# Difference between permutation and combination?

Permutation: $$P(n,r) = \frac{n!}{(n-r)!}$$

Combination: $$C(n,r) = \frac{n!}{(n-r)!r!}$$

Apparently, you use combination when the order doesn't matter. Great. I see how a combination will give you all the possible well, combinations. However, I don't see what exactly does a permutation do then.

• Counts the number of ways of choosing and ordering the choices. – Arturo Magidin Jul 6 '12 at 2:44

If you see how combinations work then you're most of the way there. Say I want to pick 3 letters out of ABCDE. There are $C(5,3)$ ways of doing this. But if order matters, then several things that I counted as the same are now different. Picking $ABC$ now generates $ABC,ACB,BAC,BCA,CBA,CAB$ as different choices, when they weren't before. How many different choices are there? Well that's the number of ways I can rearrange the $r$ chosen letters, which is $r!$. So if permutations matter:

$$P(n,r)=r!\cdot C(n,r)=\frac{r!n!}{(n-r)!r!}=\frac{n!}{(n-r)!}$$

Permutations are the number of different ordered selections of $r$ elements from a set of $n$.

I just want to demonstrate via a figure the difference between permutation and combination. Hope helpful for you. Permutations assume there are no repetition of the same objects. One way to see why the formula holds is as follows:

Say you have $n$ objects and want to choose $r$ from them.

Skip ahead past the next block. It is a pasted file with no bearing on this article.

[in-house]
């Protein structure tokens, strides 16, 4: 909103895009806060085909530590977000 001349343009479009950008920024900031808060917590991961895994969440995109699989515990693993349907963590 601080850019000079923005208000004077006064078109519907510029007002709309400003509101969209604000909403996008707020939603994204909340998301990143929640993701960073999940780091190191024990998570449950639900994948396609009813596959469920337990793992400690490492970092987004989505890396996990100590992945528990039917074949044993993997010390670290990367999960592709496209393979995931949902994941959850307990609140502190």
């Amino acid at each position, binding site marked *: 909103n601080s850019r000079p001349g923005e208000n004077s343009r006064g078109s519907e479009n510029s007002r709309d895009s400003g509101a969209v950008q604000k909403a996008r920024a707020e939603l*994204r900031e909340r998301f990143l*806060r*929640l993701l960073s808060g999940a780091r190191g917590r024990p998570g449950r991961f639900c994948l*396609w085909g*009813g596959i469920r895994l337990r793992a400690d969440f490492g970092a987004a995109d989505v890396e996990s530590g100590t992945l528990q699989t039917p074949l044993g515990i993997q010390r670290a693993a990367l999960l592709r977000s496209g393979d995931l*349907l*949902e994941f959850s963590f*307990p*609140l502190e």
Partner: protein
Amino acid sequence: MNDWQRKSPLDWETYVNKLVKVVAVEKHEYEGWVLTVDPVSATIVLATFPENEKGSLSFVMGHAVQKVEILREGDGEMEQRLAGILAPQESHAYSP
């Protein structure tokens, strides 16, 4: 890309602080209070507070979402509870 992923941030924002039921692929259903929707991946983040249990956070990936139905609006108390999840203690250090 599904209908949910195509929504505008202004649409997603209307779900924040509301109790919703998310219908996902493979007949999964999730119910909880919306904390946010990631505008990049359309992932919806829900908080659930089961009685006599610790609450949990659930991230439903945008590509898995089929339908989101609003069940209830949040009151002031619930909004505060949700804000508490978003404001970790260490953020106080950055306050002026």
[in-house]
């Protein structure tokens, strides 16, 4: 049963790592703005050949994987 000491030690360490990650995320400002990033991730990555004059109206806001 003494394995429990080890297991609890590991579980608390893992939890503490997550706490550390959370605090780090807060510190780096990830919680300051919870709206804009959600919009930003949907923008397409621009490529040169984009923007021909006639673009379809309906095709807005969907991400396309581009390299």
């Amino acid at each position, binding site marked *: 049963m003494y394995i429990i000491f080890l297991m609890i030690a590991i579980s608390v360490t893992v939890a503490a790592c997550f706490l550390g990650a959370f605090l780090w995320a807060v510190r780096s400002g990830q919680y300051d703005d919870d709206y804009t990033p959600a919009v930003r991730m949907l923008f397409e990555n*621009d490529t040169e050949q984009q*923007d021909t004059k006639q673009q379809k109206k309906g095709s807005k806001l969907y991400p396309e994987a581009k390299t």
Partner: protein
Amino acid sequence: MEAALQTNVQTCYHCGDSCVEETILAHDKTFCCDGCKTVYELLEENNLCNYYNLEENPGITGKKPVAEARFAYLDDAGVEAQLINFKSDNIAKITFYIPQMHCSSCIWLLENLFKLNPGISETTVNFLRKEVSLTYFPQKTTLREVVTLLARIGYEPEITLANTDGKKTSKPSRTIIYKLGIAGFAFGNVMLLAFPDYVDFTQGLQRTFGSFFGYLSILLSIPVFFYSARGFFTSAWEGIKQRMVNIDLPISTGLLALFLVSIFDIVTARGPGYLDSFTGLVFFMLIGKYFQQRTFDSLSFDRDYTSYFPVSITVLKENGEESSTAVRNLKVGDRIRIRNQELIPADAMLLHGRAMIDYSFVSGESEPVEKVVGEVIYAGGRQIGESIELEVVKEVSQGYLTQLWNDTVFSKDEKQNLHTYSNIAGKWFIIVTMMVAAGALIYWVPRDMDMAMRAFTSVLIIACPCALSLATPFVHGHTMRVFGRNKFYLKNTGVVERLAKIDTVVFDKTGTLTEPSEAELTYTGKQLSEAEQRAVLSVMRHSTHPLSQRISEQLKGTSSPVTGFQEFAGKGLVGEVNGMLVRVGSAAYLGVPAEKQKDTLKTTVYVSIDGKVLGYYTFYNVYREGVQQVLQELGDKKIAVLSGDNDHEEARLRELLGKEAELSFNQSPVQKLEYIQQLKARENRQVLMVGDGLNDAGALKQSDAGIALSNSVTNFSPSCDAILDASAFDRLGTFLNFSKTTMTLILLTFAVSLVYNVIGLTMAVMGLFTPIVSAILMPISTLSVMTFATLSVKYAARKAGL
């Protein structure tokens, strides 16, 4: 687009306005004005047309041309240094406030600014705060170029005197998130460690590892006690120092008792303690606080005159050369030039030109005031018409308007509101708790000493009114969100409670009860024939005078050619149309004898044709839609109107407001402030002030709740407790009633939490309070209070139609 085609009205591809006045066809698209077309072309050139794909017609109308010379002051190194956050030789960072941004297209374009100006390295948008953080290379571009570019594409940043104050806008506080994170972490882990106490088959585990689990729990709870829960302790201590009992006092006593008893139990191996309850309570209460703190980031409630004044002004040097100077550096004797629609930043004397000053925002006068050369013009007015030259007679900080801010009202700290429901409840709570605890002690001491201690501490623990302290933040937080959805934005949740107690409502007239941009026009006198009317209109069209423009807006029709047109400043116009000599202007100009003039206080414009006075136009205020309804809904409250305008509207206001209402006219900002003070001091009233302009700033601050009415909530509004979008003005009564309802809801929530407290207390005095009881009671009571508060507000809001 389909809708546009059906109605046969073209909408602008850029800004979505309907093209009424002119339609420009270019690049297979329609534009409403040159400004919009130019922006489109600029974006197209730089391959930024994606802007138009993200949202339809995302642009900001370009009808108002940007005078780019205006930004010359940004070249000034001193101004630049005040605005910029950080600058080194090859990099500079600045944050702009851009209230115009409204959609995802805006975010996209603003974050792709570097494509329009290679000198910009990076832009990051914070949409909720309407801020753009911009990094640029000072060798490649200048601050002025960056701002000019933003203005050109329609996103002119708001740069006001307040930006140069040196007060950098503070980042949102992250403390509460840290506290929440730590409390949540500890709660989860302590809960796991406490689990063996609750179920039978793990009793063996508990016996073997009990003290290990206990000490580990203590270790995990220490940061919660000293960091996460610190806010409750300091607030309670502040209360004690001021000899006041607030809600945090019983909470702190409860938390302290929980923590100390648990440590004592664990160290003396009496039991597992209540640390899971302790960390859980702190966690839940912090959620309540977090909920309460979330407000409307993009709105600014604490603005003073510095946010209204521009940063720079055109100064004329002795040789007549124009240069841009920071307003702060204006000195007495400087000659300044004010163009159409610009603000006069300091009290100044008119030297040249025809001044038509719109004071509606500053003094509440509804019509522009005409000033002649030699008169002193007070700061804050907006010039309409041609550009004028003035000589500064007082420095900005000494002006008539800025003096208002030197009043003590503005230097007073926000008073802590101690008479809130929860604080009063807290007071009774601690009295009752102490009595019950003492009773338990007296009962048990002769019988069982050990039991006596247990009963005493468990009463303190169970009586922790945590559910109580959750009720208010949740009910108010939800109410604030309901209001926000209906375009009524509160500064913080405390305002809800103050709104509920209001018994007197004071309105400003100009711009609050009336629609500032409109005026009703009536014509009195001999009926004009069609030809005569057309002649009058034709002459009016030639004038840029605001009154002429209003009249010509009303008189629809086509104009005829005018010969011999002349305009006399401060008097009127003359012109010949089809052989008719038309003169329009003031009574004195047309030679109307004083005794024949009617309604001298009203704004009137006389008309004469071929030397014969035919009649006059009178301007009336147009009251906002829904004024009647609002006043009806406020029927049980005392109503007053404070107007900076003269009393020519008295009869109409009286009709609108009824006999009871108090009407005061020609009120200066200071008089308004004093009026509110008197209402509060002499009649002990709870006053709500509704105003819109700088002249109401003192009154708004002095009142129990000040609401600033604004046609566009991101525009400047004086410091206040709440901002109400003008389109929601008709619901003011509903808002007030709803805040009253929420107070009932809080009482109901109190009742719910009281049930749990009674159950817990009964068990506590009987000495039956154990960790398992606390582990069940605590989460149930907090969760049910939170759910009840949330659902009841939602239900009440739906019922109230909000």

You can choose any of the $n$ for the first one,

You can choose any of the $n-1$ for the second one,

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.

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You can choose any of the $n-r+1$ for the $r^{th}$ one.

Multiplying all these altogether gives you the number of possibilities: $$n(n-1)\cdots (n-r+1)=\frac{n!}{(n-r)!}$$

There is some common confusion between these two terms.

The word "permutation" in general refers to one of three things depending on context. It can mean the order (arrangement) of a set as in combinatorics. Or it can refer to an arrangement of a subset of a given size as also in combinatorics. Or it can refer to an OPERATION of REarrangement in a space of such operations as in group theory, which is a very different thing.

"Combination" refers only to the makeup (constituency) of a subset with no concept of order.

The term "combinations" refers to the number of subsets of a given size containing different constituents.

The combinatorial meanings of both of these terms are still valid when applied to sets with duplicate elements. A permutation (arrangement or rearrangement) can apply to a set or subset that contains duplicates. But "combination" usually assumes distinct elements in the subset, though the original set can contain duplicates. Of course, if so indicated, a combination could also contain duplicates. The presence of duplicates affects the combinatorial formulas for all of these.